Latino Children Struggle to Avoid Unhealthy Foods


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Editor’s Note: This is Part 2 of a series on new Salud America! research briefs examining Latino youth nutrition, physical activity and marketing. Today’s focus is nutrition.

The modern urban environment, replete with convenience stores and fast-food restaurants, has provided easy access to generally unhealthy foods and beverages, while not always providing access to healthy ones, especially in Latino communities.

A new Salud America! research brief shows that:

  • Families and youth residing in low-income, Latino neighborhoods often face limited access to supermarkets, chain grocery stores and healthy foods.
  • Latino high school students have greater access to both unhealthy and healthy food choices than do other high school students.
  • Compared with the national average, food insecurity is substantially higher in Latino households.
  • The influence of meals on Latino nutrition and overweight is complex: Eating away from home and at home can both contribute to poor dietary behaviors and obesity among certain Latino subgroups.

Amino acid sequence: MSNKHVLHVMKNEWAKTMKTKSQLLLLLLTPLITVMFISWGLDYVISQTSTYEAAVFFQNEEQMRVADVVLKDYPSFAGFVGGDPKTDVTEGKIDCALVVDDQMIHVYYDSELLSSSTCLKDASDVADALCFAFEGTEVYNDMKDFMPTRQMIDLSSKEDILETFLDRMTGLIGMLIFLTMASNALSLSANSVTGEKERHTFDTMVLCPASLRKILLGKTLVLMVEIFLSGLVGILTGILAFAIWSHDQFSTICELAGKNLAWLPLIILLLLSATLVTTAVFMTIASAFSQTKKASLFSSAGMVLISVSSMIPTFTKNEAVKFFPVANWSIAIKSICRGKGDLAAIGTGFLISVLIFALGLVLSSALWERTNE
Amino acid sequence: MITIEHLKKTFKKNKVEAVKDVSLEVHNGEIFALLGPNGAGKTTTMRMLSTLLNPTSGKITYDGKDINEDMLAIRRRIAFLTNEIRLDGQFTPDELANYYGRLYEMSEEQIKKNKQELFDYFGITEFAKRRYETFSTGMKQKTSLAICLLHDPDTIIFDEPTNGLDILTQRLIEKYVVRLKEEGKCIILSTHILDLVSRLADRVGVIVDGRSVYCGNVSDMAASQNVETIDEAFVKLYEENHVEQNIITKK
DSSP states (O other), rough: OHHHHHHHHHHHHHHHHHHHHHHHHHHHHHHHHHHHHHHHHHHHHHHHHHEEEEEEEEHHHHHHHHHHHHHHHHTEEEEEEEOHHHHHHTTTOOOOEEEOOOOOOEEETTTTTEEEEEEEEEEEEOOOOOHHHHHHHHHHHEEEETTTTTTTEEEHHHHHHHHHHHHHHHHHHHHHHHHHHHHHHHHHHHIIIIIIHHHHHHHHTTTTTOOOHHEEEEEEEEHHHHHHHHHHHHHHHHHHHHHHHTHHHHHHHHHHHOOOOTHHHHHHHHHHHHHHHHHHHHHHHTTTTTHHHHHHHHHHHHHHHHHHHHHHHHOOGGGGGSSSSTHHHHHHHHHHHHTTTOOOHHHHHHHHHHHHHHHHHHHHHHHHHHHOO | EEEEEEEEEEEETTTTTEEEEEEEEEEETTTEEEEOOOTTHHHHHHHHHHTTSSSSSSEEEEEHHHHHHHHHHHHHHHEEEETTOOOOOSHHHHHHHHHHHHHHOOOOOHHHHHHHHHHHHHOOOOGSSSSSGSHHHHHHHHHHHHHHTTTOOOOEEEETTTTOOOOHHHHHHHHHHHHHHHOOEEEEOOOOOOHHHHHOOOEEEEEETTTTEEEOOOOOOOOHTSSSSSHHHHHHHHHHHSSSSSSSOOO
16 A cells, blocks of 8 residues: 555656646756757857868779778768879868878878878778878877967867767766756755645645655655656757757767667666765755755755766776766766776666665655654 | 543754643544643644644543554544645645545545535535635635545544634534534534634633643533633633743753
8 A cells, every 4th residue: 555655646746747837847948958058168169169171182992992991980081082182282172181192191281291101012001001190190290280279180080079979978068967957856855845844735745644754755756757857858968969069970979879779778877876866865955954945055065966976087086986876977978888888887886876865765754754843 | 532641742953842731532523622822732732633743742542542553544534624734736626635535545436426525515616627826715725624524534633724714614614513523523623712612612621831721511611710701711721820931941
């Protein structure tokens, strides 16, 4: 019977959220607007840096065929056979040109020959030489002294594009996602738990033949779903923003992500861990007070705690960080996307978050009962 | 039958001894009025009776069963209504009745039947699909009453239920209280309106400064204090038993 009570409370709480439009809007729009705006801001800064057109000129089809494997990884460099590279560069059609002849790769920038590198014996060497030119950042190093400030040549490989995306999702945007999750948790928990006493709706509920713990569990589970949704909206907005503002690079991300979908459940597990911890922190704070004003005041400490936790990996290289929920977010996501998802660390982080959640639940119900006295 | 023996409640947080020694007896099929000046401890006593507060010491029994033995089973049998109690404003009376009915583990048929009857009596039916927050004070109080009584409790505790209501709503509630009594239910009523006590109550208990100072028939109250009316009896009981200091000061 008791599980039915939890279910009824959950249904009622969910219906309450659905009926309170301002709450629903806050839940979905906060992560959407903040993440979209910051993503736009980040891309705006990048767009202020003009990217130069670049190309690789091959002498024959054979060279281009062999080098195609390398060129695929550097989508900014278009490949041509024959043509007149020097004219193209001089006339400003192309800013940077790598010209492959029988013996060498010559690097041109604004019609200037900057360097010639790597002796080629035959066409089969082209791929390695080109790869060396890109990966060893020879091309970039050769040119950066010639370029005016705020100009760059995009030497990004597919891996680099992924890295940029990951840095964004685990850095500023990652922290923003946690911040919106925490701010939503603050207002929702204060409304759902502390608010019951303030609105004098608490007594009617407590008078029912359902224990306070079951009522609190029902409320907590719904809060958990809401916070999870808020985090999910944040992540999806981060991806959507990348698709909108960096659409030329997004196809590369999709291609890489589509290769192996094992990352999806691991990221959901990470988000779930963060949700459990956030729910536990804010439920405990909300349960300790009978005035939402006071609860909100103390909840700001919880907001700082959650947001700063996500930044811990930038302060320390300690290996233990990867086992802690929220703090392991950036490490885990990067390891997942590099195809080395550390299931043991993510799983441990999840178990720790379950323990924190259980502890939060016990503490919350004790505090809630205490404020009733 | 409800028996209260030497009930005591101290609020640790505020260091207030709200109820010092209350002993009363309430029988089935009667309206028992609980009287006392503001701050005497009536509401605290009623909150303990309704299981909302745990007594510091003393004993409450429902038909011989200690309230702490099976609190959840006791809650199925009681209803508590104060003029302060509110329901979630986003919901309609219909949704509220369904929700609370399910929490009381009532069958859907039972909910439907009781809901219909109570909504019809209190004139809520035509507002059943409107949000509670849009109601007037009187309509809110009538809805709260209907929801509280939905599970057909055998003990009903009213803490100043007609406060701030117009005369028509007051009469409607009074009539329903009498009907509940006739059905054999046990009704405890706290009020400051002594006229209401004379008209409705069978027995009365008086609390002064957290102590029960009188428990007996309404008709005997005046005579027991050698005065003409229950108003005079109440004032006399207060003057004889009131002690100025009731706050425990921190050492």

• “Empty” calories from solid fat and added sugars constitute a large proportion of total calories consumed by Mexican-American and other Latino children.
  • Cultural traditions about infant and toddler feeding may contribute to subsequent overweight among Latino children.

But there is good news.

Research suggests that small dietary changes can greatly improve health status among Latino youth, and intensive, multi-component, culturally relevant, school-based interventions that integrate nutrition, physical activity, behavior change and social marketing can improve healthy eating and promote weight loss in Latino youth.

Bringing healthy, affordable foods to all neighborhoods should be a priority within Latino communities since they are disproportionately affected by obesity.

Local governments should consider zoning ordinances and positive financial incentives to improve food environments. Such efforts may include tax incentives for businesses to sell low-calorie, high-nutrient foods and beverages and/or grants and loan programs, small business development programs and tax incentives that encourage grocery stores to locate in underserved areas.

Communities and city council should prioritize healthy foods and eliminate junk foods in and around schools, particularly those with large Latino populations.

Read more here.

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